It is likely that the pandemic will not be resolved overnight in its second year running. While Covid-19 has caused disruptive shocks to global food supply chains around the world at first, more lasting effects of the virus can definitely be felt on the agricultural and agtech landscape for the rest of 2021.
Renewed Focus on Sustainability
Sustainability and sustainable recovery are the latest buzzwords when it comes to discussion on how a post-covid world would look like, given the mainstream thought that climate change may have played a contributing role to the rise of the pandemic – many factors that cause climate change increases the risk of pandemics according to Harvard Chan C-CHANGE.
For consumers, this has translated to an increased focus on sustainable foods and clean labels.
Research by Palsgaard A/S has shown that four in ten consumers view environmental concerns are now more important when making food purchases since covid-19, and that two-thirds of consumers would be more willing to buy products from a company if they knew it used sustainably sourced ingredients.
At the same time, there has been more consumer demand for clean label foods, foods that are made as naturally as possible with simple, easily recognizable ingredients that are produced in a manner that is healthy for the planet as well.
According to Mordor Intelligence, sales of clean label ingredients are projected to grow 6.75% annually to $51.1 billion by 2024, with the impact of COVID-19 pushing sales figures higher.
This will likely see suppliers and manufacturers ramp up on sustainability in their sourcing, production and supply chain processes, and communicating this to consumers through branding and marketing in 2021 and beyond.
Doubling Down on Food Traceability & “Messy Middle” Supply Chain
Covid-19 food scares have been aplenty since the pandemic’s onset, with China halting imports of European salmon after traces of the coronavirus had been found on chopping boards used for imported salmon at the Xinfadi market, commonly thought to be the epicentre of the initial outbreak.
That caused Chinese consumers to avoid salmon, hitting the industry hard.
Most recently in January this year, there were claims on Chinese social media that Chilean cherries contained traces of the virus. The inner packaging of the batch of cherries tested covid-19 positive, and all unsold cherries from the same batch in Wuxi, the Jiangsu Province, have been collected and are ready for destruction, which could potentially result in massive food waste.
Although there still exists much uncertainty over the validity of these claims and the origins of the affected cherries, the whole imported fruits industry in China has been badly affected. In particular, cherry prices have plunged 90% and sellers have to resort to showing certificates of nucleic acid tests to help boost sales.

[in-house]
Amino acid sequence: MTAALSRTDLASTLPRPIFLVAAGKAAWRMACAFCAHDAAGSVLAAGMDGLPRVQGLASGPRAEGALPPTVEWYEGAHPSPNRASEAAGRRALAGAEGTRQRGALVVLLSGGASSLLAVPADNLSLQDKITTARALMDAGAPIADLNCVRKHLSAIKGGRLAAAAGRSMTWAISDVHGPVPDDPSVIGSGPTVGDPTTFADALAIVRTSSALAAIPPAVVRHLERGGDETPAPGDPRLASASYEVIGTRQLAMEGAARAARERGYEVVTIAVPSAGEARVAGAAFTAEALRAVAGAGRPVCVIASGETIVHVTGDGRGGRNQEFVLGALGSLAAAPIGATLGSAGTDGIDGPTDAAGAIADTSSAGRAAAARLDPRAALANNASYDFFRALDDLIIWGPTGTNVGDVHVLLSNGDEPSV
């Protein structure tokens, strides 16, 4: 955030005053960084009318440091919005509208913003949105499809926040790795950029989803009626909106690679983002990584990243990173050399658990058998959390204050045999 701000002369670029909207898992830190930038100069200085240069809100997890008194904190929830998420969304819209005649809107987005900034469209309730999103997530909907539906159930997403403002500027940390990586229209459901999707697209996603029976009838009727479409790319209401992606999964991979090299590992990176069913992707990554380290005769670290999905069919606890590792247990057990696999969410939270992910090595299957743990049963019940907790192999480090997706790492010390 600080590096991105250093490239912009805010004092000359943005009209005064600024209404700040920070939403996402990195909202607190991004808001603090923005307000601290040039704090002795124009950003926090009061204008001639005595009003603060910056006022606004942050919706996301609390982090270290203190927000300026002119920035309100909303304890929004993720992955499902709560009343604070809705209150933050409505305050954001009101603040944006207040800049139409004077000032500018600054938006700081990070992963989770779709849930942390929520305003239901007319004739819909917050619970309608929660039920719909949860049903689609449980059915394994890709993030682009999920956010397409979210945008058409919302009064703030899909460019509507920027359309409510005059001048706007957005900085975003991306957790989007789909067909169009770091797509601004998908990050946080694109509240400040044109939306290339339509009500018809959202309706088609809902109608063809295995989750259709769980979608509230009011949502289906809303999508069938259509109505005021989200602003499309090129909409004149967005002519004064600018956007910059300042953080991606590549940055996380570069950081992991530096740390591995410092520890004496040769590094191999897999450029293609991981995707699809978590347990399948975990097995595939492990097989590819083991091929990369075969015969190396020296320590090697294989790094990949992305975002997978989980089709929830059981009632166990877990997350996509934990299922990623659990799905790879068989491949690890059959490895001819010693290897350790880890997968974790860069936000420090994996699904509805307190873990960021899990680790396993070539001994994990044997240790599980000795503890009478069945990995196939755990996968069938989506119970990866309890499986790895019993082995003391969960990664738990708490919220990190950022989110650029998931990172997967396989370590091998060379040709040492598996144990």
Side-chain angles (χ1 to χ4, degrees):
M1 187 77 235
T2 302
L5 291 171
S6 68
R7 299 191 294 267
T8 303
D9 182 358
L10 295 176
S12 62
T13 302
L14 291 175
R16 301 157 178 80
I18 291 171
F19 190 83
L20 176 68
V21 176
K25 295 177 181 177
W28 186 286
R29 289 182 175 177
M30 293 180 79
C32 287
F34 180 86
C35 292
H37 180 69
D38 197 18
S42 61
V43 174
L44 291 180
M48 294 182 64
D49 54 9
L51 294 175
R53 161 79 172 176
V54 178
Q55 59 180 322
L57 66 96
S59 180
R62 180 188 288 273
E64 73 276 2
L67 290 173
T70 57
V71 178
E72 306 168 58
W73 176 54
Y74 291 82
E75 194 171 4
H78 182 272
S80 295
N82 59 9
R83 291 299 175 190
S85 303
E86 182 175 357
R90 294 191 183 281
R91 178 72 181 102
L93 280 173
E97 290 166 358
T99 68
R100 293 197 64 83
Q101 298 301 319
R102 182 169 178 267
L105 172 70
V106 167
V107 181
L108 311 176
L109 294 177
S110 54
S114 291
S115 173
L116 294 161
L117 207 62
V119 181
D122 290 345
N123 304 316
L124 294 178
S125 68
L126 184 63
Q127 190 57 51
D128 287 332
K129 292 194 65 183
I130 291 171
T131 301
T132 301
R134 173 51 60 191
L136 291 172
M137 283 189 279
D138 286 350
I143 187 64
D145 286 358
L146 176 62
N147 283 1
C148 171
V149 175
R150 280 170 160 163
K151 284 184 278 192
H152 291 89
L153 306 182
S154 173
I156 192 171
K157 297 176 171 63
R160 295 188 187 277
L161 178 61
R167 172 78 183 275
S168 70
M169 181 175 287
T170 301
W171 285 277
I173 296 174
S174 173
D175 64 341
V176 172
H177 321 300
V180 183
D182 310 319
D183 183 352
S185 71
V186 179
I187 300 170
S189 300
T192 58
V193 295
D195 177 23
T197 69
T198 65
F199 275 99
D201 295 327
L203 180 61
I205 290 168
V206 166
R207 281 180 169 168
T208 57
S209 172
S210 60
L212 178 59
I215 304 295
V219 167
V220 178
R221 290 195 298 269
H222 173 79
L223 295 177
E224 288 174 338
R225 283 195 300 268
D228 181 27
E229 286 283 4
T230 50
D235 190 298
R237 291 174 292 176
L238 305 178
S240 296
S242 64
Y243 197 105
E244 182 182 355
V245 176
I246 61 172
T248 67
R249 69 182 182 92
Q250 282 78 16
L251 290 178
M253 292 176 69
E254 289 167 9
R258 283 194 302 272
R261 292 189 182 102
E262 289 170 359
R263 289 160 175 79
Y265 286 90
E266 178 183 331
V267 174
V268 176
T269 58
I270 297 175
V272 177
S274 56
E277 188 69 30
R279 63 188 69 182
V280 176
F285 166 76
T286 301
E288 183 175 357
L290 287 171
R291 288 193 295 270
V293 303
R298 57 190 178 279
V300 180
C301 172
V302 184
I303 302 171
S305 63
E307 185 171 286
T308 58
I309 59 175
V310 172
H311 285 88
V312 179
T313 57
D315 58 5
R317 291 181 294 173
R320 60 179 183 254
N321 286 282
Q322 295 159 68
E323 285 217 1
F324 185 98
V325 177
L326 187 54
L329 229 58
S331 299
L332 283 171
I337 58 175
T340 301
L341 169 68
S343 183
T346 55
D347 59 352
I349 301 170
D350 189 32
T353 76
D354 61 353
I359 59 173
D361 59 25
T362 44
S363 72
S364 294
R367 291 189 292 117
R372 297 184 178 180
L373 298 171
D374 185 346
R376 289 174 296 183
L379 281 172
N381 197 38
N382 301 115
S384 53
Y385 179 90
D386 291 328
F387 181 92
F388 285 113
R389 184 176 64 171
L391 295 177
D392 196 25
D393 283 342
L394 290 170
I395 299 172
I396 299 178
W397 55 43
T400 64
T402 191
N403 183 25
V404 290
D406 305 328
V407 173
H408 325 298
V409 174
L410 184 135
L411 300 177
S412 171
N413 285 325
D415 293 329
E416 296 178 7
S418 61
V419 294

Thus, blockchain and its application for recording verified, immutable information from all stakeholders of the supply chain will definitely be a contender as part of the solution.
At the same time, product digitization will need to happen in order for food traceability to be fully effective. This gives industry players the ability to confirm the quality of the product as it moves along the supply chain, particularly through the “Messy Middle”.
Fintech For Food
It is no secret that working capital is a source of friction in global food trade. Due to the seasonality of the industry, agribusinesses have significant short-term working capital needs in the form of advances to farmers and huge inventory.
We’ve previously talked about how supply chain visibility is vital for cash flow management of agribusinesses in Covid-19. At the same time, this supply chain visibility also has potential for tapping on the unbanked or underbanked Messy Middle agribusinesses, who often are unable to obtain financing for their trades due to the industry being deemed too risky, too complex and opaque, and provide them alternative financing opportunities.
Technologies like blockchain, digital wallets and e-currencies also help to establish trust and facilitate transparency that break down the barriers to trade financing access for the agriculture industry. These have already made headway in terms of smallholder farmer financing, but the biggest potential lie in the Messy Middle, where the bulk of goods exchange hands and the biggest challenges lie. For instance, this can help small and medium traders and retailers, who often find it difficult to sustain business during covid, to get access to credit.
It is also telling of the potential of blockchain when the likes of governments, such as in Singapore and China, have also recently committed to significant resources to develop blockchain capabilities of their country.
The overall undercurrent theme for 2021 seems to be data, where visibility of flow of goods and flow of money needs to be achieved, so that we can really ensure that our food systems are efficient and visible, and that food is sustainable and safe for both people and planet.
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